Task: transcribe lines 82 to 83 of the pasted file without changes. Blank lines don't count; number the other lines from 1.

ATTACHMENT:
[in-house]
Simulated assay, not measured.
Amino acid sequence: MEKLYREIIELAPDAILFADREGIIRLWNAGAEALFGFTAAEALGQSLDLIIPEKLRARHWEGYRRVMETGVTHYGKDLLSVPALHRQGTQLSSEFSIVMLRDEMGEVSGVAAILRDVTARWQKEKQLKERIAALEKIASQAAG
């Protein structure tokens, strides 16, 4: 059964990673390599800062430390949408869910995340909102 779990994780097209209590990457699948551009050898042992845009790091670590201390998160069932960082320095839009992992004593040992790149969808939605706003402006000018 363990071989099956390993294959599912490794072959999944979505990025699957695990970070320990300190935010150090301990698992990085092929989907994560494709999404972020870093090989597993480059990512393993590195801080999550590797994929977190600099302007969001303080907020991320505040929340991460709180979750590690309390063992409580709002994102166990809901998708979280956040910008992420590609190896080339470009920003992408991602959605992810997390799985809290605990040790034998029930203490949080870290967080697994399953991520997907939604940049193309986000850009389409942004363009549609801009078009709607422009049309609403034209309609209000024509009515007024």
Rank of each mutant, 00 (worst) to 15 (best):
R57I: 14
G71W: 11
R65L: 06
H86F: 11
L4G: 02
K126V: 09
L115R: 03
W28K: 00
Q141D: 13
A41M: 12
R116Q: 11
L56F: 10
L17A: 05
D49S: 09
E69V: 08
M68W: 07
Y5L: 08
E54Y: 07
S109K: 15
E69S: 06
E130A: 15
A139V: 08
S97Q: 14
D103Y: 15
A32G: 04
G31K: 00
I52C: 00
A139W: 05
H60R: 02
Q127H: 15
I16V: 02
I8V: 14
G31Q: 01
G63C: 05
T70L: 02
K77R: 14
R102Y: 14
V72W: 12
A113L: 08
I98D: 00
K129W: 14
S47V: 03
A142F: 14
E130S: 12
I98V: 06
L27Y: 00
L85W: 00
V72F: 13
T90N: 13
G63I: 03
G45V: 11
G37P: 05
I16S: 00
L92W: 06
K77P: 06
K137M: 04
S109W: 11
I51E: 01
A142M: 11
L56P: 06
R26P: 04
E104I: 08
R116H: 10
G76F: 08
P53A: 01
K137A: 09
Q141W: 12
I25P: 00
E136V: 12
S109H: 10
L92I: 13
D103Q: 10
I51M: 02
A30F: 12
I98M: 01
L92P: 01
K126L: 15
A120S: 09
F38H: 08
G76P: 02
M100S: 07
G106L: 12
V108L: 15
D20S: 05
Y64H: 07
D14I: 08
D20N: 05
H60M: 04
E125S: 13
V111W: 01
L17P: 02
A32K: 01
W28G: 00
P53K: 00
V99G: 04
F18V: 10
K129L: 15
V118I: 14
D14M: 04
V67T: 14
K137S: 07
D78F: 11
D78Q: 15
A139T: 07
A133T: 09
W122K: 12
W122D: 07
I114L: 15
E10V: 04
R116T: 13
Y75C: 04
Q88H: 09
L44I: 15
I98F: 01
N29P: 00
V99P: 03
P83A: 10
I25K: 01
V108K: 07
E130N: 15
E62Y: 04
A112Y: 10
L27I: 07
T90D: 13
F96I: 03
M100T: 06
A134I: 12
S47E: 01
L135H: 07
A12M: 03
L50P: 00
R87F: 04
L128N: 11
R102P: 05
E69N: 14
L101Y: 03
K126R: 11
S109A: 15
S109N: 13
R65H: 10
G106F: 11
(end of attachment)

K126L: 15
A120S: 09